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St. James’, Newport Beach, Wins in Court [more details]
The Living Church Foundation ^ | 8/16/2005 | unknown

Posted on 08/17/2005 7:32:31 AM PDT by sionnsar

An Orange County (Calif.) Superior Court Judge ruled that a congregation which voted to leave the Diocese of Los Angeles and the Episcopal Church over a theological dispute is the rightful owner of its buildings, prayer books and other property. St. James’, Newport Beach, was sued by the bishop and Diocese of Los Angeles one year ago. The suit also sought damages from the rector and lay leadership as individuals.

In the ruling issued on Aug. 15, Judge David C. Velasquez dismissed the case against St. James’ prior to trial, determining the diocese had failed to show that it ever had a legal ownership claim in the property.

“Under a hierarchical system of church governance the canons and rules of the general church override any disposition of local church property mandated by state law,” Judge Velasquez said in Coordinated Episcopal Church Cases (Rasmussen v. Bunyan). “However California courts are not bound by canon law. And the hierarchical theory of resolving disputes over church property has been repudiated by California courts.”

The judge also ruled against the diocese on First Amendment grounds, finding that the root of the diocesan lawsuit arose over St. James’ “rejection of the Church’s doctrinal views.” After the initial lawsuit was filed, St. James’ countersued the diocese, filing a Strategic Lawsuit Against Public Participation (SLAPP). The free speech ruling under SLAPP allows St. James’ to recover its legal fees and other costs.

The lawsuit by the Diocese of Los Angeles was “really aimed at punishing and making an example of St. James’ Church for publicly disagreeing with the direction of the Episcopal Church and taking a stand by disaffiliating from it,” said Eric C. Sohlgren, St. James’ lawyer. “Few things are as precious to Americans as the right to free speech and the right to own property.”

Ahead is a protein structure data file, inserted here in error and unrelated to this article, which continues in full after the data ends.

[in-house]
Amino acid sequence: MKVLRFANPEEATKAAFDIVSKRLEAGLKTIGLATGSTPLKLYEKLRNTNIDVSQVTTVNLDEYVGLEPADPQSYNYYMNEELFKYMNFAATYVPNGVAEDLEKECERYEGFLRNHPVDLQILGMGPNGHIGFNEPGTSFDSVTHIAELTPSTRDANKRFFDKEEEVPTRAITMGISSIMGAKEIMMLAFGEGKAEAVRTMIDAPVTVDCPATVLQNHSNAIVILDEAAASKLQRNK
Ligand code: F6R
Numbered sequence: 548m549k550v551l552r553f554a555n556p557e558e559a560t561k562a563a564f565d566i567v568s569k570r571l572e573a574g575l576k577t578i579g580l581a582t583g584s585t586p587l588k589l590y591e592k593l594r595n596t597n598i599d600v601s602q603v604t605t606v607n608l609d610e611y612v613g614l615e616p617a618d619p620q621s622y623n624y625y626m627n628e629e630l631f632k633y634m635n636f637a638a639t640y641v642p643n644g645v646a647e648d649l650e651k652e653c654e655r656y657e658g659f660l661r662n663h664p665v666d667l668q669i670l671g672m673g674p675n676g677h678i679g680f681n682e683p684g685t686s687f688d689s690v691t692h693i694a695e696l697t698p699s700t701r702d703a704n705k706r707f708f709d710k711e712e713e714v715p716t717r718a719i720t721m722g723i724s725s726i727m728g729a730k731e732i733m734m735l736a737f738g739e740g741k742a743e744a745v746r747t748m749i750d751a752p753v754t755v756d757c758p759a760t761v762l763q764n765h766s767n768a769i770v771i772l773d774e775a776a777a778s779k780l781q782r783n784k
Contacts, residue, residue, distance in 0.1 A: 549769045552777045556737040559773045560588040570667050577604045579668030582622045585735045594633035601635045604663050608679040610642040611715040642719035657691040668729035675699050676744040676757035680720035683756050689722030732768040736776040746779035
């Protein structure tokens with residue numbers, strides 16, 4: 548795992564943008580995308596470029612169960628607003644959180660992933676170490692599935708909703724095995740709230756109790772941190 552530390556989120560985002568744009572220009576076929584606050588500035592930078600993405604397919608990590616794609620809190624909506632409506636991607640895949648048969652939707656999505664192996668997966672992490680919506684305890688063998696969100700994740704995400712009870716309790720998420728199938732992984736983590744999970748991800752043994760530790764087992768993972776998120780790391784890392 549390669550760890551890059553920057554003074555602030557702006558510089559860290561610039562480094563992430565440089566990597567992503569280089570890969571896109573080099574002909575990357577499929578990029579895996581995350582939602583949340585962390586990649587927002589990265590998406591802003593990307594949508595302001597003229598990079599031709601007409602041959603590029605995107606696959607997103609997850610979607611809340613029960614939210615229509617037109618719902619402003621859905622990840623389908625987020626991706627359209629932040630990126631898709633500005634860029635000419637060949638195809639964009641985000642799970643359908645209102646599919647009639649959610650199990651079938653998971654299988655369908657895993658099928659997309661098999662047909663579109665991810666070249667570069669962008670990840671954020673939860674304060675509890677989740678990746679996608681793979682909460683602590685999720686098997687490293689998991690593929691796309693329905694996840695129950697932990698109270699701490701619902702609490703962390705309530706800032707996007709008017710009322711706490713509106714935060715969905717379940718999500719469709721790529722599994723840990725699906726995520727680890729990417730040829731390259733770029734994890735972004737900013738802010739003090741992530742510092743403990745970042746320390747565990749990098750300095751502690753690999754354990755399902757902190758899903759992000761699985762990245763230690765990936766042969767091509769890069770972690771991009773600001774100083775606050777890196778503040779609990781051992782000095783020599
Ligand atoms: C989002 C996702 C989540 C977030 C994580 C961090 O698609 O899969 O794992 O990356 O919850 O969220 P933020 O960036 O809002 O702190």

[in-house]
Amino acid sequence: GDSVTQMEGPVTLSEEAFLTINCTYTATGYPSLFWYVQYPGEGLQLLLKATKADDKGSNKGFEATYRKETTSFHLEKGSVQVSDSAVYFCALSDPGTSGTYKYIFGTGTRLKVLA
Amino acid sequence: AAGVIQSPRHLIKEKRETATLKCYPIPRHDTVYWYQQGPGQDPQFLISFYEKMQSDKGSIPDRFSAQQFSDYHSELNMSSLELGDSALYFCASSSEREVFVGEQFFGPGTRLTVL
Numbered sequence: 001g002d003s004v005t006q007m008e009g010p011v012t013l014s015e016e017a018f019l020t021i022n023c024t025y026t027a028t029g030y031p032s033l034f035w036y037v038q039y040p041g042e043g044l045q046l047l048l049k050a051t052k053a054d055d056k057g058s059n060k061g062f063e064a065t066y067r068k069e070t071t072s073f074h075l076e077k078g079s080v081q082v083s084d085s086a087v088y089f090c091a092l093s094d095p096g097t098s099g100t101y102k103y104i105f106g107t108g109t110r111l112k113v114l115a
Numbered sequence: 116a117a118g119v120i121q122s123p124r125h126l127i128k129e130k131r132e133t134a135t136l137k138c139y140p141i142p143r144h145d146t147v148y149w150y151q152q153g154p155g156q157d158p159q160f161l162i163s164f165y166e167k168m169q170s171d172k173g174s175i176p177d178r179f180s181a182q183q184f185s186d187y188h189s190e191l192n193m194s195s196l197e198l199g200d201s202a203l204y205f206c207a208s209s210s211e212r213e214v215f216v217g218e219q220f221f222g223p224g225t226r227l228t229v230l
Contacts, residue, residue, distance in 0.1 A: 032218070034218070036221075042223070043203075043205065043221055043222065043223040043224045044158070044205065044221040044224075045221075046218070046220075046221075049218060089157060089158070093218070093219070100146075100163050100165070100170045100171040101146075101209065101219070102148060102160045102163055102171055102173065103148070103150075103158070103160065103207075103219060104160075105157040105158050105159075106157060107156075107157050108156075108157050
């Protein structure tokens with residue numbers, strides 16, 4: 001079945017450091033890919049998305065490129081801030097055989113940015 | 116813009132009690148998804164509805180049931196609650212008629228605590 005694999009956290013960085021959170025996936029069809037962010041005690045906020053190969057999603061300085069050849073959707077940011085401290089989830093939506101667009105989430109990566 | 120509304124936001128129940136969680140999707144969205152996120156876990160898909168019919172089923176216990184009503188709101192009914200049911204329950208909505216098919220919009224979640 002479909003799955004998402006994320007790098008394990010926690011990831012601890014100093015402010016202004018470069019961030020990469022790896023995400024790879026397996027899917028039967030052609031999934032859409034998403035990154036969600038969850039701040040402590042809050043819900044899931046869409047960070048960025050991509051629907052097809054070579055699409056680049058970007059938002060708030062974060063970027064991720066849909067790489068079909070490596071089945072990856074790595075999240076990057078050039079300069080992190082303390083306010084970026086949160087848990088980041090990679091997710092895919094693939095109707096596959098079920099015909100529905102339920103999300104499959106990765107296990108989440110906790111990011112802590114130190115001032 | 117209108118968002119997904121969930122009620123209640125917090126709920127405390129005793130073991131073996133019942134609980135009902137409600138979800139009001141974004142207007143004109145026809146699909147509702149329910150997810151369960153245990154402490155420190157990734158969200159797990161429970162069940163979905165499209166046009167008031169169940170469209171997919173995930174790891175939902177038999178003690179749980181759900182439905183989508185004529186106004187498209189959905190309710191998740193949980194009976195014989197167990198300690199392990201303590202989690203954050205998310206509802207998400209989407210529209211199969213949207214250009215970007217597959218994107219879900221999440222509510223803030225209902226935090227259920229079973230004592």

The decision “is simply an initial step in a long process” and will be “immediately appealed,” according to a written statement prepared by the Diocese of Los Angeles.

“As anyone familiar with the circumstances understands, this is not an issue concerning freedom of speech, but simply one that addresses who is the rightful owner of the property in question,” said the Rt. Rev. J. Jon Bruno. “We have never disputed that members of the departing congregations are free to worship how they wish, and with whom.”

The decision to appeal may prove a costly one to the diocese, according to the Rev. Canon David C. Anderson, president of the American Anglican Council and rector of St. James’ from 1987 until his retirement in 2003. He said that by taking a case they will almost certainly lose to a higher court, the diocese will not only incur further financial losses, they will also broaden the impact of the decision.

“This challenges the presumption of the Dennis Canon as an ironclad unassailable law,” he said. “The higher [the diocese] goes in the courts, the greater the significance.”

In additon to St. James’, Newport Beach, the diocese also sued All Saints’, Long Beach, and St. David’s, North Hollywood. The Aug. 15 decision does not apply to those two parishes, and a separate ruling on those two is expected soon.

TOPICS: Mainline Protestant

1 posted on 08/17/2005 7:32:31 AM PDT by sionnsar
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2 posted on 08/17/2005 7:33:24 AM PDT by sionnsar (†† || (To Libs:) You are failing to celebrate MY diversity || Iran Azadi)
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